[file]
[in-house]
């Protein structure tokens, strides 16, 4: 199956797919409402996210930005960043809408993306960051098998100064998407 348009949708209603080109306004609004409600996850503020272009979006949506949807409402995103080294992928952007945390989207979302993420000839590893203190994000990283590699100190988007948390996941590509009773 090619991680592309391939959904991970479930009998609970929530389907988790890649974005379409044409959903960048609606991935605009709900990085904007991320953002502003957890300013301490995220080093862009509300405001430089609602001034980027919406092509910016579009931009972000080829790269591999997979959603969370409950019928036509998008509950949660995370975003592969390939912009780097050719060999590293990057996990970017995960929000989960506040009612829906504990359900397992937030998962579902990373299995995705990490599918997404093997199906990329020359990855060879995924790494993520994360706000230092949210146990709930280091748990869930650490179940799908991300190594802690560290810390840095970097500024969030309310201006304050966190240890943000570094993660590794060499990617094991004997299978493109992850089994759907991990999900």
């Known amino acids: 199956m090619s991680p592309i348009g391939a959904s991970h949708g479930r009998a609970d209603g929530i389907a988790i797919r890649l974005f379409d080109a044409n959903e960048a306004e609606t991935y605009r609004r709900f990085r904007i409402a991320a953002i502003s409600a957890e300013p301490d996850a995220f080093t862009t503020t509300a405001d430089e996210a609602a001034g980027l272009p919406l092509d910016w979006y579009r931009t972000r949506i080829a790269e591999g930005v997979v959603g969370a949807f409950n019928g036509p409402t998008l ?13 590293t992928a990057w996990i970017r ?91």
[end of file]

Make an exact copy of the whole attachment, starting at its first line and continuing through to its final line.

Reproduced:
[in-house]
């Protein structure tokens, strides 16, 4: 199956797919409402996210930005960043809408993306960051098998100064998407 348009949708209603080109306004609004409600996850503020272009979006949506949807409402995103080294992928952007945390989207979302993420000839590893203190994000990283590699100190988007948390996941590509009773 090619991680592309391939959904991970479930009998609970929530389907988790890649974005379409044409959903960048609606991935605009709900990085904007991320953002502003957890300013301490995220080093862009509300405001430089609602001034980027919406092509910016579009931009972000080829790269591999997979959603969370409950019928036509998008509950949660995370975003592969390939912009780097050719060999590293990057996990970017995960929000989960506040009612829906504990359900397992937030998962579902990373299995995705990490599918997404093997199906990329020359990855060879995924790494993520994360706000230092949210146990709930280091748990869930650490179940799908991300190594802690560290810390840095970097500024969030309310201006304050966190240890943000570094993660590794060499990617094991004997299978493109992850089994759907991990999900």
């Known amino acids: 199956m090619s991680p592309i348009g391939a959904s991970h949708g479930r009998a609970d209603g929530i389907a988790i797919r890649l974005f379409d080109a044409n959903e960048a306004e609606t991935y605009r609004r709900f990085r904007i409402a991320a953002i502003s409600a957890e300013p301490d996850a995220f080093t862009t503020t509300a405001d430089e996210a609602a001034g980027l272009p919406l092509d910016w979006y579009r931009t972000r949506i080829a790269e591999g930005v997979v959603g969370a949807f409950n019928g036509p409402t998008l ?13 590293t992928a990057w996990i970017r ?91």